|PHONICS AND WORD ANALYSIS |
By Max Millard
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Grade levels: 2 to 5materials:
(Before class, post this word list at the front of the room, printed large enough so that all the students can read it from their seats):didn't (did not)
(Write the word "contraction" on the blackboard and ask someone in the class to read the word aloud.)
Do you know what a contraction is? It's a shorter way of saying something. For example, have you ever heard the phrase "nome sane?" (Probably no one will respond.)
All right, let me use it in a sentence. What if someone says, "I was riding the bus the other day, nome sane? I ran into a friend of mine. Nome sane? He said, I need to come up with 100 dollars or I'm in a lot of trouble. Nome sane?"
Now who understands the phrase "nome sane"? That's right, it means: "Do you know what I'm saying?" That's an example of a contraction.
I'll read you some other words and ask you what they mean. Raise your hand if you know the answer. Wassup (what's up), gimme (give me), whatcha gonna do (what are you going to do), wannabe (want to be).
Look at the list of contractions on the board. They're in alphabetical order. I'll read you a word and you tell me the contraction. (Read some of the words aloud and call on students.)
Now I'll read you a contraction and you tell me which words make up that contraction. (Read contractions aloud and ask students.)
(Distribute whiteboards, markers and erasers.)
Next I'm going to read you some other contractions. When you hear the word, write it down the best you can. Don't worry about the spelling.
(Read aloud from the following list in random order. Don't let the students see how the words are spelled. After reading each word, cross it out so that you don't repeat yourself. Wait for the students to finish writing, then call on them to lift up their whiteboards for everyone to see. Discuss whether their spelling is correct. After each word has been discussed, they should erase their whiteboard.)
aren't, can't, doesn't, hadn't, hasn't, haven't, he'd, he'll, he's, how's, I'd, I've, it's, she'd, she'll, she's, there's, they'd, they'll, they're, they've, wasn't, we'd, we'll, we're, we've, weren't, what's, where's, who'd, who've, won't, wouldn't, you'd, you'll, you've
Now I'm going to read you some phrases and you write them down. Then write down the contractions they make. (Read words that make up contractions, such as "you are.")
When you're finished, hold up your board for everyone to see.
(If some students aren't getting it, call on them and ask them to discuss their thinking process out loud. Alternate between reading contractions and asking for the phrase, and reading the phrase and asking for the contraction.)
Now I want to ask you a really hard one. This isn't correct grammar, but it's a very common word. Who knows the contraction for "am not"?
(If no one can figure it out, write the word "ain't" on the blackboard. Then recite this poem:Don't say ain't.
So remember, use contractions whenever you can't, but "ain't" ain't right.
Grade levels: 1 to 3materials:
Does everyone know the long vowels? Let's say them together.
(Write each vowel on the blackboard. Go around the room and ask the students to take turns identifying the long vowel sounds. If the students have trouble, draw the vowels in the air by using your arms to make the outline of the capital letters. For A, put your arms above your head like an A-frame shape. Do the same for the other letters.)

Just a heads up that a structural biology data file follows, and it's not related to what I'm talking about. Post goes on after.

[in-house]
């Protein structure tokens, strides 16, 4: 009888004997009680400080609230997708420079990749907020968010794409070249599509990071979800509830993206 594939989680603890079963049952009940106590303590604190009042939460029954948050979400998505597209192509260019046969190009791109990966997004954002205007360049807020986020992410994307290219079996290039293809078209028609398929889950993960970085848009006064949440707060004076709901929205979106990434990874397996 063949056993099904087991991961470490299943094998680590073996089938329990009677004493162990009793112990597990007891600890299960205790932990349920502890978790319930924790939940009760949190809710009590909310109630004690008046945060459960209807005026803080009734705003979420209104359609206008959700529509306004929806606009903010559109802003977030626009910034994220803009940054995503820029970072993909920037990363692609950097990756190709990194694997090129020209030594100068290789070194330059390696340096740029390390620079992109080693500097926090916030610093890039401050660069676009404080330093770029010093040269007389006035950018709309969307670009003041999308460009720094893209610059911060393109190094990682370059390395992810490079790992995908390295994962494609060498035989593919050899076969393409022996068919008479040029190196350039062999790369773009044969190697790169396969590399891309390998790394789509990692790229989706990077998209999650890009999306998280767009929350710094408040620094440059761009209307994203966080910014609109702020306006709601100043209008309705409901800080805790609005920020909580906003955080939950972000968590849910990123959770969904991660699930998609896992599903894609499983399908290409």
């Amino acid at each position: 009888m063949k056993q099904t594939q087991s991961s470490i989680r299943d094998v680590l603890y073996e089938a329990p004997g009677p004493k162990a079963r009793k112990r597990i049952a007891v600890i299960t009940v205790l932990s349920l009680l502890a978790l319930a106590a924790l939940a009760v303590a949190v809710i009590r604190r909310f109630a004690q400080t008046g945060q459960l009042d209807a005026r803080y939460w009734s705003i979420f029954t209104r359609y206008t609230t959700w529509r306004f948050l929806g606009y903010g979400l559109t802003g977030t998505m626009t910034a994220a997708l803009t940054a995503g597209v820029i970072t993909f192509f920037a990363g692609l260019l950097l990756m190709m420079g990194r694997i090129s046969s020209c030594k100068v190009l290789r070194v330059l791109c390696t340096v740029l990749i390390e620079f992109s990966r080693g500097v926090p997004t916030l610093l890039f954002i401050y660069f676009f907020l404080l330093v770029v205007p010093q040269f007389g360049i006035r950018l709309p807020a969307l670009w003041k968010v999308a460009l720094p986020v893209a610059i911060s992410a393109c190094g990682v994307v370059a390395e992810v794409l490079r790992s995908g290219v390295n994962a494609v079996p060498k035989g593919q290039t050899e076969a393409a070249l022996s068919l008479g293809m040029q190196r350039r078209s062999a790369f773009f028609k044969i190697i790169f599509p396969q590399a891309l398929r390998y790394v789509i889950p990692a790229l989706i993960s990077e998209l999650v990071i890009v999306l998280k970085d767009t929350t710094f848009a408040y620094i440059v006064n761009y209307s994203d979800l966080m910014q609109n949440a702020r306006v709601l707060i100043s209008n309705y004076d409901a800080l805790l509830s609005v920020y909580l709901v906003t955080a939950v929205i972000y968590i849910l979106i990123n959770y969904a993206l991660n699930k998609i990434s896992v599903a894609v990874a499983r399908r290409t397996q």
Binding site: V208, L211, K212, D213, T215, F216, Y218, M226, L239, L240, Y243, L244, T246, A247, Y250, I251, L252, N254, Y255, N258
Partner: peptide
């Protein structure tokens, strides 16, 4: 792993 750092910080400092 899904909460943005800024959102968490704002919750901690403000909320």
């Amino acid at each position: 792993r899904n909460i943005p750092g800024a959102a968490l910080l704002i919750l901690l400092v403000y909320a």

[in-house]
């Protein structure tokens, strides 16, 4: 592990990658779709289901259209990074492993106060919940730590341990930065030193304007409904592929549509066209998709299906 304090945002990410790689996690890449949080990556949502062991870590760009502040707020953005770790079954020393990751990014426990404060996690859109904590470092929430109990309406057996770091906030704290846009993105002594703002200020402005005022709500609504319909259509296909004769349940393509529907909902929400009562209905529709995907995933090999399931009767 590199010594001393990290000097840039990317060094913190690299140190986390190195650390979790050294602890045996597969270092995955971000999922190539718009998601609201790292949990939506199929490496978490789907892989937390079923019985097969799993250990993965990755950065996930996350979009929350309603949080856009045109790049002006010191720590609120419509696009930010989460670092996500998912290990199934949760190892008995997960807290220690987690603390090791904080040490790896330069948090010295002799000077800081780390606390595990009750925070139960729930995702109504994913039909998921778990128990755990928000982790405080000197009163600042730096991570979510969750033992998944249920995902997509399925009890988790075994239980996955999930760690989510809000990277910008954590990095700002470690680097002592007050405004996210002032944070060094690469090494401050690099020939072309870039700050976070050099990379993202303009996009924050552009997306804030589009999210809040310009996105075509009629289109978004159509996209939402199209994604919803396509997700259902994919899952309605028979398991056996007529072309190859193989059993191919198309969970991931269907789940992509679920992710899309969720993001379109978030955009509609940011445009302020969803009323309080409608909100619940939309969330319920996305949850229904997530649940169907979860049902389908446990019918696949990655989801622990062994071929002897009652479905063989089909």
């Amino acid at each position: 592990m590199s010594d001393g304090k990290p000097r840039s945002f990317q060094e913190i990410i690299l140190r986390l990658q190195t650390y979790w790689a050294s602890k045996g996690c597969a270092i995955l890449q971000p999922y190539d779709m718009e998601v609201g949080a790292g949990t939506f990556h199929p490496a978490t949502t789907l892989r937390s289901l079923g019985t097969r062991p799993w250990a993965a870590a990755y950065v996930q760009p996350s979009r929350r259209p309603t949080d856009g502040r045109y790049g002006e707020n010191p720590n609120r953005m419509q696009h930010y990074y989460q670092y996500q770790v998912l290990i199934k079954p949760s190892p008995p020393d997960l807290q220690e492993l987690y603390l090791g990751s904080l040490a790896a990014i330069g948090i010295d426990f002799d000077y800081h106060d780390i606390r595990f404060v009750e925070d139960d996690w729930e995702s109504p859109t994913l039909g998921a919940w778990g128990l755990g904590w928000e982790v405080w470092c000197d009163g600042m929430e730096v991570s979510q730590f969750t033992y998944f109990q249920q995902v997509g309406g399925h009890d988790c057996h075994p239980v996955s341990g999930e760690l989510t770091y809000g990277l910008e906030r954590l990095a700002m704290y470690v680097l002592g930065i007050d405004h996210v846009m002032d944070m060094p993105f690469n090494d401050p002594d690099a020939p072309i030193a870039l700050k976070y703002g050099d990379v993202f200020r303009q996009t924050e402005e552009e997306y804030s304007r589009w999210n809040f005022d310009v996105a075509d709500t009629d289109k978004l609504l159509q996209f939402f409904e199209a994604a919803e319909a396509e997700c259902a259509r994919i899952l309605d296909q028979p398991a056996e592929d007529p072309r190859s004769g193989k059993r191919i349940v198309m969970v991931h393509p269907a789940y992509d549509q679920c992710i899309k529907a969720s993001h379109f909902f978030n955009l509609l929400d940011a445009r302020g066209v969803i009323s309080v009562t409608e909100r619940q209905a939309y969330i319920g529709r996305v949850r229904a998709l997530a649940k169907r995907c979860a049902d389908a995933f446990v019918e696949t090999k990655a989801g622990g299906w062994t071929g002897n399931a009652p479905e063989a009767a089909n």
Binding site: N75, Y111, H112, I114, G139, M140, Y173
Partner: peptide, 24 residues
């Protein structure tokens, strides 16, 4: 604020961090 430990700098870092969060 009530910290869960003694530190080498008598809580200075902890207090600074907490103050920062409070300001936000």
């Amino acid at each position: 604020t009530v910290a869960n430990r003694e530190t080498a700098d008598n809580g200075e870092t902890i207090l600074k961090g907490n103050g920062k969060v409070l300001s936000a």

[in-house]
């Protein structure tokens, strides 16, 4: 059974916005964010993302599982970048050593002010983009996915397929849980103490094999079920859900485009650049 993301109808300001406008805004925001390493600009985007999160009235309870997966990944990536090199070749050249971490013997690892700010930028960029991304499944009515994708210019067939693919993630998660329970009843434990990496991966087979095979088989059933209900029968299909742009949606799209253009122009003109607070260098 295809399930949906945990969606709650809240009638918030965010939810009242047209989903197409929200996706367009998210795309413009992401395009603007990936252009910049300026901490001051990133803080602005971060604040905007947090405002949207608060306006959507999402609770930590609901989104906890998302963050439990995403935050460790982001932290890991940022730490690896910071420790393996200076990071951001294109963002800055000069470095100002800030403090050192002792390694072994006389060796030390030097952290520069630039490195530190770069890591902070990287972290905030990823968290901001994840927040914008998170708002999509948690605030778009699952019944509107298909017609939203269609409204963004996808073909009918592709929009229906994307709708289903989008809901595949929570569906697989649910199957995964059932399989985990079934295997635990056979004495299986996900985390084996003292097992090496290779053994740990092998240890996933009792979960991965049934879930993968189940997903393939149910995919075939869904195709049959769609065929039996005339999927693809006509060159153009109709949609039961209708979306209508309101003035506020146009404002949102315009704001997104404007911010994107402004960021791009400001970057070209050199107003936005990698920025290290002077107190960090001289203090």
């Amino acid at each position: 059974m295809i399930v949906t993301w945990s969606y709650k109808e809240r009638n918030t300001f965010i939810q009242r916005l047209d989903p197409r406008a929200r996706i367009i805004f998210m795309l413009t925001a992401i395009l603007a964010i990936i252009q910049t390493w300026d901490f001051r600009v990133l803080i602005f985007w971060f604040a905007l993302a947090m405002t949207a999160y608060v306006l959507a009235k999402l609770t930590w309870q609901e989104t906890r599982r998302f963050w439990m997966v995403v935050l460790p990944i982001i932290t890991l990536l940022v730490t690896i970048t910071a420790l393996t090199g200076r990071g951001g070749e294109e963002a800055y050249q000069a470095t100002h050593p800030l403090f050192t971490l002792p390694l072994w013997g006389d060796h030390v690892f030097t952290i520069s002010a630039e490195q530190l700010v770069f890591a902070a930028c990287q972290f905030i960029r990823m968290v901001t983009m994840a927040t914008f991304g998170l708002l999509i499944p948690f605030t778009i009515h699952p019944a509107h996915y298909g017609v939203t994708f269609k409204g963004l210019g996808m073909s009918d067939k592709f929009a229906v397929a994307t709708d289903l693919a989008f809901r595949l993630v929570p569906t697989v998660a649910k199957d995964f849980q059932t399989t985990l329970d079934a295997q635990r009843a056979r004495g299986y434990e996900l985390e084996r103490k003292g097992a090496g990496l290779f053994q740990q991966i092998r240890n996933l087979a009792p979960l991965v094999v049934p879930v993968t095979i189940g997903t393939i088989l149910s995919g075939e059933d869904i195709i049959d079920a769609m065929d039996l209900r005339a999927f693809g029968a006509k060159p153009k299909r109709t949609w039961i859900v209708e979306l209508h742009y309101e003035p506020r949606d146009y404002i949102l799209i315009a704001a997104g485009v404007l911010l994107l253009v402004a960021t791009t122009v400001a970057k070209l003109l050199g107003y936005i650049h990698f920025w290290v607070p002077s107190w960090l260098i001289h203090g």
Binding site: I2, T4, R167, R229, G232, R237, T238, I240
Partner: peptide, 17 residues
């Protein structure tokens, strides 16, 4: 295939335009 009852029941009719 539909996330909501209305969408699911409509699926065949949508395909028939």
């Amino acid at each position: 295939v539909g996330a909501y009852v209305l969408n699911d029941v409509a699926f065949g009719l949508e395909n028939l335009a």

Now I'm going to read you some words. You tell me which one has the long A sound.
(Hold the list in your hand and slowly read aloud three or four words, only one of which has a long A. Circle the words as you read them so that you can repeat them if necessary. For example, BAG, KEEP, CAKE, PASTA.)
Which of those words has a long A sound?
(Do the same for the other long vowels. The exercise will help the students to concentrate on what you are saying and to listen carefully to the vowels. After a student gets the correct answer, cross out the words you have already read. Continue until all the words have been used.)long A: rake, cake, snake, plate, train, rain, brain
Grade levels: 1 to 3materials:
(Before class: post these six lists of words at the front of the room, printed large enough so that all the students can read them from their seats):
bad, bed, bid, bod, bud
pag, peg, pig, pog, pug
bat, bet, bit, bot, but
fan, fen, fin, fon, fun
tap, tep, tip, top, tup
jat, jet, jit, jot, jut
Do you know what a vowel is? How many vowels are there in the alphabet?
How many letters are there in the alphabet? What do we called letters that are not vowels? That's right: consonants. How many consonants are there?26 letters
Everything that's not a consonant is a vowel. So how many vowels are there? That's right: there are five.
Do you know what is meant by short vowels? Let's review the short vowel sounds. I'll draw a letter on the board and you tell me the short vowel sound.
(Draw the five vowels on the board, one at a time. Go around the room and take turns asking the students to name the letter and to say its short vowel sound.)
Now I want to show you some pictures. Each of these pictures has a short vowel sound. Tell me what the picture is and what short vowel it has in the middle.
(Show pictures of these objects: bed, pig, bat, fan, top, jet. If students can't identify the picture, give the correct answer.)
Let's take the first card, "bed." When I call on you, come forward and show me the correct spelling of that word on the list. The other words on the list are almost the same, but they have a different short vowel in the middle.
(A student will come forward. Point to the list of words that contains the correct word and ask the student to find the word "bed." Do the same exercise for all the picture cards.)